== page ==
- Pregnant women in rural Uganda go through untold difficulties
- Some have to travel up to 15km to get access to medical facilities
- The great distances force many to opt for traditional birth attendants
Pregnant women in rural Uganda often go through extreme difficulties in the course of their pregnancies.
Medical facilities are often too far, sometimes up to 15km away, forcing many to opt for traditional birth attendants.
This exposes them and their newborns to unhygienic delivery methods and environments, putting their lives at risk.
Additionally, some women have passed away during labour while journeying to hospital, according to Daily Monitor.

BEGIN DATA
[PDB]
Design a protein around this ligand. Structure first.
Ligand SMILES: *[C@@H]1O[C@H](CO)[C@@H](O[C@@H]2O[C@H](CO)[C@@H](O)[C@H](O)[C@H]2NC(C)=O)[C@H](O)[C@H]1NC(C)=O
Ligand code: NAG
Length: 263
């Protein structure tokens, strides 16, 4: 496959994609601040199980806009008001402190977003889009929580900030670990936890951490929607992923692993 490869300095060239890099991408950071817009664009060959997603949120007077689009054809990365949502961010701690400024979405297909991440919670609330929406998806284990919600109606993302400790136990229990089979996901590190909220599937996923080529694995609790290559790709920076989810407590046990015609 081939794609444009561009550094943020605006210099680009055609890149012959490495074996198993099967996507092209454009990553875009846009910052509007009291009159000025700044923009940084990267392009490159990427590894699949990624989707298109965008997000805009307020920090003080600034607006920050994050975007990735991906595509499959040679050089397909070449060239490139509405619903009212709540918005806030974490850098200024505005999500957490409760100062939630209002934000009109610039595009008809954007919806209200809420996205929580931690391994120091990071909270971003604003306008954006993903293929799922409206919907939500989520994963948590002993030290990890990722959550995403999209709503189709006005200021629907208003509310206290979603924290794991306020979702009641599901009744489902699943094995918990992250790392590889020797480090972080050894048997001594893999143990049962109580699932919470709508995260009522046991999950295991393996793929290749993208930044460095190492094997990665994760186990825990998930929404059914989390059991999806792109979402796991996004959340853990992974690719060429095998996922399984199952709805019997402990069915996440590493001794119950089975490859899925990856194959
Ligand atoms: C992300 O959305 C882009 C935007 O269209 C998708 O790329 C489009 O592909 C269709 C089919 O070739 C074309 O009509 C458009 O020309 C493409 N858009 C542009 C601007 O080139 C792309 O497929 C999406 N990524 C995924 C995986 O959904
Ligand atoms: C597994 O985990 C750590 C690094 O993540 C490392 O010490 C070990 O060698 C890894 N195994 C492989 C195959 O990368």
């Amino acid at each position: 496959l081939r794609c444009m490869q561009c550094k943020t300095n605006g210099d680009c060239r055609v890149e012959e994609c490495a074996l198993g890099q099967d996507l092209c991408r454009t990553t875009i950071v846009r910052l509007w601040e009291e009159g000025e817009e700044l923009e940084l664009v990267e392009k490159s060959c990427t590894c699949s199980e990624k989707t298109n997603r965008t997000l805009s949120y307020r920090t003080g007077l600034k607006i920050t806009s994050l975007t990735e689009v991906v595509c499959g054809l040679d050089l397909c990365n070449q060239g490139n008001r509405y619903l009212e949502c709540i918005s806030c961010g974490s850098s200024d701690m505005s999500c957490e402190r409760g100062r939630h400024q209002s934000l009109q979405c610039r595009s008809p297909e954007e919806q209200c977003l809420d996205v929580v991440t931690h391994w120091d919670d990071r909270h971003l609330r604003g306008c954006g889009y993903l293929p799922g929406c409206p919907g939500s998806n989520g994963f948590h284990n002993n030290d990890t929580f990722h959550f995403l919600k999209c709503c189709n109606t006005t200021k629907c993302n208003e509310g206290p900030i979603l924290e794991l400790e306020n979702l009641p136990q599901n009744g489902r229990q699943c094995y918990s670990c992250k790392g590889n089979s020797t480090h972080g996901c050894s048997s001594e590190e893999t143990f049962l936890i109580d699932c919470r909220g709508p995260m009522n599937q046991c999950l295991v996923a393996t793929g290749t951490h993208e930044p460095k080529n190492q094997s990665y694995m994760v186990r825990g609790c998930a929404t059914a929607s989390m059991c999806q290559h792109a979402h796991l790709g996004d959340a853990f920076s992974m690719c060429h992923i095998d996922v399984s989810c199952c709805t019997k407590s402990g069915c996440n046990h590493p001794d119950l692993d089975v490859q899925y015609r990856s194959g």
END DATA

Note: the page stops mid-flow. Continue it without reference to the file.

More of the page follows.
One of these rural areas is Bulambuli District in eastern Uganda, where a woman, 39-year-old Agnes Namataka, had to travel 15km to Muyembe Health Centre IV while in labour.
Besides the distance, the women also have to pay medical and transport fees that are often beyond their reach.
A local official, Mr. Bernard Buyi, said these factors cause unnecessary suffering. He said: “Some have died in [their] homes and others on their way to the health centres.”
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Another local resident, Ms. Sarah Nambozo, added that the roads are also in a poor state. This forces women to walk for up to 3km before they can get onto a car or bodaboda.
They urged the Ugandan government to place more emphasis on health services provision in rural areas.
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